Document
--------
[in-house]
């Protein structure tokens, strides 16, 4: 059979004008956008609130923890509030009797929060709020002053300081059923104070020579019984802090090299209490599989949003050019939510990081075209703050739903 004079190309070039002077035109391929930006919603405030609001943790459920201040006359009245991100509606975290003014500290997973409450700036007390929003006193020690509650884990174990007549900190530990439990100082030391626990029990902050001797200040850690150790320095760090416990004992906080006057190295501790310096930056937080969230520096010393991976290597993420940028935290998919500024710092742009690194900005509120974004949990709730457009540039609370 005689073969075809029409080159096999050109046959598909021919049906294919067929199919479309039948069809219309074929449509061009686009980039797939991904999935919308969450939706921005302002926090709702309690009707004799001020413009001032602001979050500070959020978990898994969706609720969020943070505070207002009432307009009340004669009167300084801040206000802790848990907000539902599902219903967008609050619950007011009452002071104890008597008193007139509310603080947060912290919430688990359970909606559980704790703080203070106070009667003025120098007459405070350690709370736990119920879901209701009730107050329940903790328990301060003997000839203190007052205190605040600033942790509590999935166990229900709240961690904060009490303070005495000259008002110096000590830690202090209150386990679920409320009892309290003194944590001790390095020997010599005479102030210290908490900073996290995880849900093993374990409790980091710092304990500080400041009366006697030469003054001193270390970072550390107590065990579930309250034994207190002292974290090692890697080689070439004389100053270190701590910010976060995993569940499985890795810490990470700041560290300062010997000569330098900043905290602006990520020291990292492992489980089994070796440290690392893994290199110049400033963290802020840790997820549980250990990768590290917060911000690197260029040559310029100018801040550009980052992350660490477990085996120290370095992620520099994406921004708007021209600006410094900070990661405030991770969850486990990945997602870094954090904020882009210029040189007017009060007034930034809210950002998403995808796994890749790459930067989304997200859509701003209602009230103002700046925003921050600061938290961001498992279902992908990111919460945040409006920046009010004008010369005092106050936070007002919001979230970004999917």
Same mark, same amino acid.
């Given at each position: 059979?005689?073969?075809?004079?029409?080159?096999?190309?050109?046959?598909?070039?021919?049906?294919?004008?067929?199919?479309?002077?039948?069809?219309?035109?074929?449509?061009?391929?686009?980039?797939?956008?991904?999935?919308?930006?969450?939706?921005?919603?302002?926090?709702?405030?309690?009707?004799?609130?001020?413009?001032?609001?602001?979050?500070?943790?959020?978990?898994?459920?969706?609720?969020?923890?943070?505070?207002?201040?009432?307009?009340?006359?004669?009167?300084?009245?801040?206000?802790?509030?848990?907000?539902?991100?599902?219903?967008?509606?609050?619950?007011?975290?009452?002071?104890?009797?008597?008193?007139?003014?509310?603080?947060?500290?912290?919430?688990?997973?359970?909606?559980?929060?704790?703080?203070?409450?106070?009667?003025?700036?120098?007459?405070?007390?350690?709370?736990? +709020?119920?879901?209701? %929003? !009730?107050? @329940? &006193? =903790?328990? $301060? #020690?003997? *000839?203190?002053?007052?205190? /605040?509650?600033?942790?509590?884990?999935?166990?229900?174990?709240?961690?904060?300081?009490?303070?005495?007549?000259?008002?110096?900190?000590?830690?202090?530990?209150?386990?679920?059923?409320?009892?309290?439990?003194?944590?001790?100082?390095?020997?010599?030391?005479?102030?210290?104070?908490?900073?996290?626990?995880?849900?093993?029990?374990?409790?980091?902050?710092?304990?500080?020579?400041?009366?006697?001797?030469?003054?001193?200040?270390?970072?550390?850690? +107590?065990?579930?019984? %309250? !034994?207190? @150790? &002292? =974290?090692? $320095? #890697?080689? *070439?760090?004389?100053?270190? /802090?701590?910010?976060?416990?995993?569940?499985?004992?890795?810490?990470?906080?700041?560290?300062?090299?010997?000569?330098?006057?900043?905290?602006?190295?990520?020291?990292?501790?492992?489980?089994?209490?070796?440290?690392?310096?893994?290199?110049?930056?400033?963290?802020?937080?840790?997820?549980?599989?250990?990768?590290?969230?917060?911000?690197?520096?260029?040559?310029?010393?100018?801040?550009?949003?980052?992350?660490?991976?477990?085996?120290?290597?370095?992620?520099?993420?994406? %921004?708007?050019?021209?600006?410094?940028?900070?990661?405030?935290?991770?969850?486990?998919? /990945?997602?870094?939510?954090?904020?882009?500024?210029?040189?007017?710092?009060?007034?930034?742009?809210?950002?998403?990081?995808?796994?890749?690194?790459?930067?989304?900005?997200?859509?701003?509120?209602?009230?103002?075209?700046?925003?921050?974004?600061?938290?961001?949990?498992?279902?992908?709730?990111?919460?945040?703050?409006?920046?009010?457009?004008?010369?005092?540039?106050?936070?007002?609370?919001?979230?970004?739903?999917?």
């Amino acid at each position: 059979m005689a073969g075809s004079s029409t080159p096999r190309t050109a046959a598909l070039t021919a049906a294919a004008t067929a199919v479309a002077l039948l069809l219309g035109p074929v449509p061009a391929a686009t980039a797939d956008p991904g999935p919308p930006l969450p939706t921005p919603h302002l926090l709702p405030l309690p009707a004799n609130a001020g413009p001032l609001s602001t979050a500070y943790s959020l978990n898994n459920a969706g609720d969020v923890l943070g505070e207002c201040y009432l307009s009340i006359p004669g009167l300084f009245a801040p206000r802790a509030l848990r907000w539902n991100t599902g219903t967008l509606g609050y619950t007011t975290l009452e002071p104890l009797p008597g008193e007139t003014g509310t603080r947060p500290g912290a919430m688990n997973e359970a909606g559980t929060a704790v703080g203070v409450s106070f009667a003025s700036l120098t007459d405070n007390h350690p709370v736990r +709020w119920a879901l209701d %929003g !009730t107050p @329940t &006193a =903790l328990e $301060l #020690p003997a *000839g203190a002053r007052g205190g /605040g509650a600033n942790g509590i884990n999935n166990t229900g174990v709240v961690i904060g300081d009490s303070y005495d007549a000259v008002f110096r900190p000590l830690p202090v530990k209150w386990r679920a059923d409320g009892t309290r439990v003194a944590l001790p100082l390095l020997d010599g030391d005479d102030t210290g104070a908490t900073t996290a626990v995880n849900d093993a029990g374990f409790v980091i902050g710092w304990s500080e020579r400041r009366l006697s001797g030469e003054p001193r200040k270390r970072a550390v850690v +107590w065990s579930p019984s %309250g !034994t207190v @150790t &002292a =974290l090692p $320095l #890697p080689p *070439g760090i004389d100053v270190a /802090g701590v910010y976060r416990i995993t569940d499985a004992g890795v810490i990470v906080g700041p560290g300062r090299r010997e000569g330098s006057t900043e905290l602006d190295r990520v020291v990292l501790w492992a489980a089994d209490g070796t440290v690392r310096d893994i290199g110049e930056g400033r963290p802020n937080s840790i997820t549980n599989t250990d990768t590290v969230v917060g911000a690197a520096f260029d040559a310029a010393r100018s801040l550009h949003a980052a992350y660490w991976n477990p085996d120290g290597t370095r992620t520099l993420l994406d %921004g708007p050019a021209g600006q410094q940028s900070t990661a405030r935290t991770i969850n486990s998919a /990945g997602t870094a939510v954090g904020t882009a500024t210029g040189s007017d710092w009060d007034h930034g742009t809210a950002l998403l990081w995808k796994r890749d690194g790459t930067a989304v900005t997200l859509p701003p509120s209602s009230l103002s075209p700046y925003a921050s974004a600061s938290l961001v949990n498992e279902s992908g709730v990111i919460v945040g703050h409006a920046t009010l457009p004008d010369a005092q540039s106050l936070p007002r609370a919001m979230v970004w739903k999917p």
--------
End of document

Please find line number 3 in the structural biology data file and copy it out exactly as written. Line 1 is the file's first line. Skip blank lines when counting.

Same mark, same amino acid.